On 23 February 2016, the Indonesian Broadcasting Commission (KPI) released the "Circular to All Broadcasting Companies on Effeminate Men", banning the portrayal of sexual and gender diversity in men by the broadcasting companies.[22] In the same month, the KPI also banned TV and radio programs that "promoted homosexual lifestyle" claiming that they constituted a violation of the 2012 Broadcasting Program Standards.[23]



On 5 October 2017, the Minister of Education and Science Enrique Riera signed Resolution N° 29664, which prohibits the use of printed and digital materials referring to "gender theory and/or ideology" in educational institutions.[24] Enrique Riera later said he would volunteer to "burn the books in a public square if they contained gender ideology".[25] The Inter-American Commission on Human Rights expressed its concern about the decision and declared that "these types of measures represent a serious omission of the duty of the State to protect children from all forms of violence and discrimination, in all spheres, and especially in school".[26]


In Russia, the Law for the Purpose of Protecting Children from Information Advocating for a Denial of Traditional Family Values was unanimously approved by the State Duma on 11 June 2013 (with just one MP abstaining—Ilya Ponomarev),[27] and was signed into law by President Vladimir Putin on 30 June 2013.[28]

The Russian government's stated purpose for the law is to prevent children from being exposed to homosexuality—content presenting homosexuality as being a norm in society—under the argument that it contradicts traditional family values. The statute amended the country's child protection law and the Code of the Russian Federation on Administrative Offenses, to make the distribution of "propaganda of non-traditional sexual relationships" among minors, an offence punishable by fines. This definition includes materials that "raises interest in" such relationships; cause minors to "form non-traditional sexual predispositions"; or "[present] distorted ideas about the equal social value of traditional and non-traditional sexual relationships." Businesses and organisations can also be forced to temporarily cease operations if convicted under the law, and foreigners may be arrested and detained for up to 15 days then deported, or fined up to 5,000 rubles and deported.

The Kremlin's backing of the law appealed to the Russian nationalist far-right, and also gained broad support among the Russian public and the Russian Orthodox Church, with 70% of Russians officially being Russian-Orthodox.[29] The law was condemned by the Venice Commission of the Council of Europe (of which Russia is a member), by the United Nations Committee on the Rights of the Child and by human rights groups, such as Amnesty International and Human Rights Watch. The statute was criticised for its broad and ambiguous wording (including the broadly worded "raises interest in" and "among minors"), which critics described as an effective ban on publicly promoting the rights and culture of the LGBT community. The law was also condemned for leading to an increase in, and justification of, homophobic violence,[30] while the implications of the law in relation to the then-upcoming 2014 Winter Olympics being hosted by Sochi were also cause for concern, as the Olympic Charter contains language explicitly barring various forms of discrimination.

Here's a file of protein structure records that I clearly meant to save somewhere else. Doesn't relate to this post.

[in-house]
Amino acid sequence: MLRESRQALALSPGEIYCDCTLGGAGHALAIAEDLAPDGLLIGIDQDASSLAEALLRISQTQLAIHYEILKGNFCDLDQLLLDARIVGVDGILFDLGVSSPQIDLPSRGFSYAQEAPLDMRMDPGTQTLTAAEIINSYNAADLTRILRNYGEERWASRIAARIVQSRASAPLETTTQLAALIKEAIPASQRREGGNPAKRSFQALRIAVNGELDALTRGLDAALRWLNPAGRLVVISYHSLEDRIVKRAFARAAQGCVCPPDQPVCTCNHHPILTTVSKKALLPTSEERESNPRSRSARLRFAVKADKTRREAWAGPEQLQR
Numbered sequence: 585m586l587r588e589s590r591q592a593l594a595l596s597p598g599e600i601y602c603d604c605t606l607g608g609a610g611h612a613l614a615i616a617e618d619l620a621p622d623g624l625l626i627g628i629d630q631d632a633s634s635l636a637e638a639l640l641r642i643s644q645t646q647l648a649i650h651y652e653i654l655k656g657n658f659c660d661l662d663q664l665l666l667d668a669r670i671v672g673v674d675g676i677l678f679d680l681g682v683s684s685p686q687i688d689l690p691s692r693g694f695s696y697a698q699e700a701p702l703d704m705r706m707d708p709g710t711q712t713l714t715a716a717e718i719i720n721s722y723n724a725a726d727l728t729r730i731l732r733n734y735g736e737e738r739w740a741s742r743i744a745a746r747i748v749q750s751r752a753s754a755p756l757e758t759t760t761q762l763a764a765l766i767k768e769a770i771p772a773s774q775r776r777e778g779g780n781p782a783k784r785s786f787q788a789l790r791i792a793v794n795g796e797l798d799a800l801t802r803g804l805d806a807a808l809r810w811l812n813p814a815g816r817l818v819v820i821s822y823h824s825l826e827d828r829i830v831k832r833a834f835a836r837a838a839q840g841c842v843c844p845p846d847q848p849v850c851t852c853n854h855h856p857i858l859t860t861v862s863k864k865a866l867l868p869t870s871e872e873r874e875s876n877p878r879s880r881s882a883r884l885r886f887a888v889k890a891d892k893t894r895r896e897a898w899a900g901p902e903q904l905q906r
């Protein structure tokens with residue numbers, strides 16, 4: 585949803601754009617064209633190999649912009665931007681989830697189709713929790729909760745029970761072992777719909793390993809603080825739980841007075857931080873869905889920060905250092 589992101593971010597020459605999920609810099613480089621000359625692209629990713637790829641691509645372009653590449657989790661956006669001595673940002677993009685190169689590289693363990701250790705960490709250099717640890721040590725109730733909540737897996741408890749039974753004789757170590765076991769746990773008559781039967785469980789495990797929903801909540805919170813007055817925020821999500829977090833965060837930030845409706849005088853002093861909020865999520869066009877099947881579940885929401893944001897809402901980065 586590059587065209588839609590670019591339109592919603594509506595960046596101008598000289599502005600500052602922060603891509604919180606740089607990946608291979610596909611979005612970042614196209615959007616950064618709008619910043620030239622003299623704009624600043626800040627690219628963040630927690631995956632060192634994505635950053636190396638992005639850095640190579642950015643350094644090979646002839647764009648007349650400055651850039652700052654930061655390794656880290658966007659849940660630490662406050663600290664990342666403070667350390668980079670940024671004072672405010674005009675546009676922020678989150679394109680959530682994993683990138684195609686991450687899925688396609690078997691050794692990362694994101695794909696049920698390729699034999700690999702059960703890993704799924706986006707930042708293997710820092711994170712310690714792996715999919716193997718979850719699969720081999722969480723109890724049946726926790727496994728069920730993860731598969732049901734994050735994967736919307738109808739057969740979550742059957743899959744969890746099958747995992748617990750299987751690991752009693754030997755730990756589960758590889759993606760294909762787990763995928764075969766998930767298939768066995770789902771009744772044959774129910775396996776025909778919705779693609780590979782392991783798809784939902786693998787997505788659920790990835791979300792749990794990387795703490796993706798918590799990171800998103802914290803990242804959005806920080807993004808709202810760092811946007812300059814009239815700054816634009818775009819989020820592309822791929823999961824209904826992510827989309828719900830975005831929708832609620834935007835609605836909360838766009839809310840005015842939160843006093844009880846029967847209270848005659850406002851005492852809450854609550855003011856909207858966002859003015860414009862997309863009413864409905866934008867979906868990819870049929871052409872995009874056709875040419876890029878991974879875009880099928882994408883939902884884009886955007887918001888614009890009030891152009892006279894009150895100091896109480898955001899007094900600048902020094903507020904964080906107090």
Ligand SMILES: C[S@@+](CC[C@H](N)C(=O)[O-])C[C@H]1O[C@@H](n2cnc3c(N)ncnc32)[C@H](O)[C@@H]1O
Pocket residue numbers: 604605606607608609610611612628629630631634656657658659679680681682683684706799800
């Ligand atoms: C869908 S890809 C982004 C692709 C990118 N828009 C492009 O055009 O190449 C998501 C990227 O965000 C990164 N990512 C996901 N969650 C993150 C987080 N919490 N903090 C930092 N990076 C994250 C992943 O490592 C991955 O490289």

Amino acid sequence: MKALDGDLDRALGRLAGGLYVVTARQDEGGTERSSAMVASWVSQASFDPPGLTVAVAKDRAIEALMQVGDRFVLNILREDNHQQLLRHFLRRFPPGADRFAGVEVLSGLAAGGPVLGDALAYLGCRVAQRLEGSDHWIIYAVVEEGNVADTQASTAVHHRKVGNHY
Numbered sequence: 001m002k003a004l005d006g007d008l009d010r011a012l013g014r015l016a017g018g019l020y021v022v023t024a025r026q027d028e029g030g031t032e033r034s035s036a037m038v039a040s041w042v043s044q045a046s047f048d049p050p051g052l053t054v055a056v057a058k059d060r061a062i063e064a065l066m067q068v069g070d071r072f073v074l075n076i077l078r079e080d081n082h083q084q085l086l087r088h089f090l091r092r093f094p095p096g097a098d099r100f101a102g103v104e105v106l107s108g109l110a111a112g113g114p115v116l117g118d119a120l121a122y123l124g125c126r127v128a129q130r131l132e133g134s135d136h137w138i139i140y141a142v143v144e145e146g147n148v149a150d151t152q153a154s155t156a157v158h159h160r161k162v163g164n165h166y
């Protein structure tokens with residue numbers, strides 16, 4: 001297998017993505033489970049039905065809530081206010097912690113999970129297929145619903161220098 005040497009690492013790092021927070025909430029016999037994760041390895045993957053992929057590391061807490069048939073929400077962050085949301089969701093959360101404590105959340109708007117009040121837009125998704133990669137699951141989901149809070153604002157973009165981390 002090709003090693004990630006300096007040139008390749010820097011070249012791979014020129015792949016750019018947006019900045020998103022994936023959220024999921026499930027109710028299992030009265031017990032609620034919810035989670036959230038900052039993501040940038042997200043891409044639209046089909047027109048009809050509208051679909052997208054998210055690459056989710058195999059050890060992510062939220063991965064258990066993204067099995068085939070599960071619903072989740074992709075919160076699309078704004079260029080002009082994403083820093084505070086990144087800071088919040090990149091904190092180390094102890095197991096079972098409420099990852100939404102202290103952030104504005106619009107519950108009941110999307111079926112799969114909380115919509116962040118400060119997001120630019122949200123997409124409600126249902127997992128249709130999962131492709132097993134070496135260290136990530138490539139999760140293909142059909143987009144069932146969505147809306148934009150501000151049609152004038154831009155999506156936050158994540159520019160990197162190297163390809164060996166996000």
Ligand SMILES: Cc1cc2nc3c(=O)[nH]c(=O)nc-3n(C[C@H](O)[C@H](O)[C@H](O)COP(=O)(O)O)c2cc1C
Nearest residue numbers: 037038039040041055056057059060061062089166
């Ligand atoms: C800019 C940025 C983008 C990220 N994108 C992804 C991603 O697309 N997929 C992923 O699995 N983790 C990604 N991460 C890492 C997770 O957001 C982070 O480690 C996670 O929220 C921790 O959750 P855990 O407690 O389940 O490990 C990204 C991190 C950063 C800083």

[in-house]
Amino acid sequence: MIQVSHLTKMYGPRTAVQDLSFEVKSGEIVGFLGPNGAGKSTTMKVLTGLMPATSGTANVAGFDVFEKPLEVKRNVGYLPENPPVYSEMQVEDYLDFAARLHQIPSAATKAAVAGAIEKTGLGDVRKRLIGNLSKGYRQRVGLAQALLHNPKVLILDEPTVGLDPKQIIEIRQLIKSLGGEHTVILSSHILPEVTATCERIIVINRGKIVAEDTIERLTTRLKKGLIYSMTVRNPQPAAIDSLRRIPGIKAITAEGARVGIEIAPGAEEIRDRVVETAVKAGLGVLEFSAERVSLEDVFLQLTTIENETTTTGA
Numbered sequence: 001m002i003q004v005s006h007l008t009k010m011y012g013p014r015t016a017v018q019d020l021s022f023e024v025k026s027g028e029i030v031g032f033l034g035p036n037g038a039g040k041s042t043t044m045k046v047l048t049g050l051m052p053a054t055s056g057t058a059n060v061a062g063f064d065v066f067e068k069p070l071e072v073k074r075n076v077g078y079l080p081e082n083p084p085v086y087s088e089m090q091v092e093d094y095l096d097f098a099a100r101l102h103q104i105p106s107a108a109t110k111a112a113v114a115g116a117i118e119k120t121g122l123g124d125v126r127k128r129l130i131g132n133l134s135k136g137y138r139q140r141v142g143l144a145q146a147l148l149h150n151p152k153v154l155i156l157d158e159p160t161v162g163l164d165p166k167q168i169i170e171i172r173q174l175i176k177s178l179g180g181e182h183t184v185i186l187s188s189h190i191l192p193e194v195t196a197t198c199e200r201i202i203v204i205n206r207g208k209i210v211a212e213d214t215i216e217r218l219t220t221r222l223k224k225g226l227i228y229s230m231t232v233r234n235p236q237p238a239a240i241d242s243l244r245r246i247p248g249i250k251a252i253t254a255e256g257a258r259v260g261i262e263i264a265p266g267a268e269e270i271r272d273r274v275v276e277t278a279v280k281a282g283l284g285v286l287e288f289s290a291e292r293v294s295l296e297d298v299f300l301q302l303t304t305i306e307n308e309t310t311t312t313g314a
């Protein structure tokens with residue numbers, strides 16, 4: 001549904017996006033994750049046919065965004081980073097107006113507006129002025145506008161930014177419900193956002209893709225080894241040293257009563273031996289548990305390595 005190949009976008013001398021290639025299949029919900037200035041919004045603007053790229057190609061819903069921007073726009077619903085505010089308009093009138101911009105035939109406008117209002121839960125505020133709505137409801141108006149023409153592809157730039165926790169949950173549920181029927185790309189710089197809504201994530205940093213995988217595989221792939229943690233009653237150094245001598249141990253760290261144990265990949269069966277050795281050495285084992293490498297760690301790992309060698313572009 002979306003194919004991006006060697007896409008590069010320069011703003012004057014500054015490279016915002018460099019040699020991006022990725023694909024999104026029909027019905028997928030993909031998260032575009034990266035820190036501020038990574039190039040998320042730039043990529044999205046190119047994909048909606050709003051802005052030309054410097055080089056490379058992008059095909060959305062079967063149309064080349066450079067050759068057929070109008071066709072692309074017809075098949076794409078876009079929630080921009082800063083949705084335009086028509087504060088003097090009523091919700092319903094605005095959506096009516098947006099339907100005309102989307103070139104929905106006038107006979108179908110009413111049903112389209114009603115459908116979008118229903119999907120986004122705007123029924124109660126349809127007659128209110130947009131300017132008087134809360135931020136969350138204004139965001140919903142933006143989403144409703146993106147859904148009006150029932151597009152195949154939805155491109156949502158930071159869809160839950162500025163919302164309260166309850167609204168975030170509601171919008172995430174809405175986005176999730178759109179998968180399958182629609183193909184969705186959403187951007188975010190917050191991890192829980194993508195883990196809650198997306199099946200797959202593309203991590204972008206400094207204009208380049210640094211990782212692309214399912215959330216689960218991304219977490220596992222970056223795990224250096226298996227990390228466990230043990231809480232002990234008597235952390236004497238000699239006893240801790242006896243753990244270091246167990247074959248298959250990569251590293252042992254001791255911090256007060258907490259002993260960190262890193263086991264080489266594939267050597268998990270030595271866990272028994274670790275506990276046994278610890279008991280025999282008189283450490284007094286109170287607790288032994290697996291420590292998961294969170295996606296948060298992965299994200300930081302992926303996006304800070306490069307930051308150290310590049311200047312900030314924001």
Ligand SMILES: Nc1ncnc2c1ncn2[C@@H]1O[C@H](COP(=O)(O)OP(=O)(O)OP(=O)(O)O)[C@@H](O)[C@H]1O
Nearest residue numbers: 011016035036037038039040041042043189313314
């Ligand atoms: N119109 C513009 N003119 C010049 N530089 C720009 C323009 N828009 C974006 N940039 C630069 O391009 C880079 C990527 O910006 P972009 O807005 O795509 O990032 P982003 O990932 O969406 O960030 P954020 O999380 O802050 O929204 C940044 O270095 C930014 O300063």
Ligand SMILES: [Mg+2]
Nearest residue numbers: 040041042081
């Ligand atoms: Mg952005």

Singapore has a series of laws and regulations that restrict LGBT topics in the media.[31] The Infocomm Media Development Authority bans any film, television program, advertisement or video game which "promote or glamorize homosexuality", if the "homosexual content is discreet in treatment and not gratuitous" they can instead be classified as restricted to people aged 18 or over.[32] Films can also be restricted to people aged 21 or over if their main themes are same-sex marriage or parenting.[33]

United States (sub-national)[edit]

Several U.S. states have "no promo homo laws", which prohibit or limit the mention or discussion of homosexuality and transgender identity in public schools. In theory, these laws mainly apply to sex education courses, but they can also be applied to other parts of the school curriculum as well as to extracurricular activities and groups such as gay–straight alliances.[34]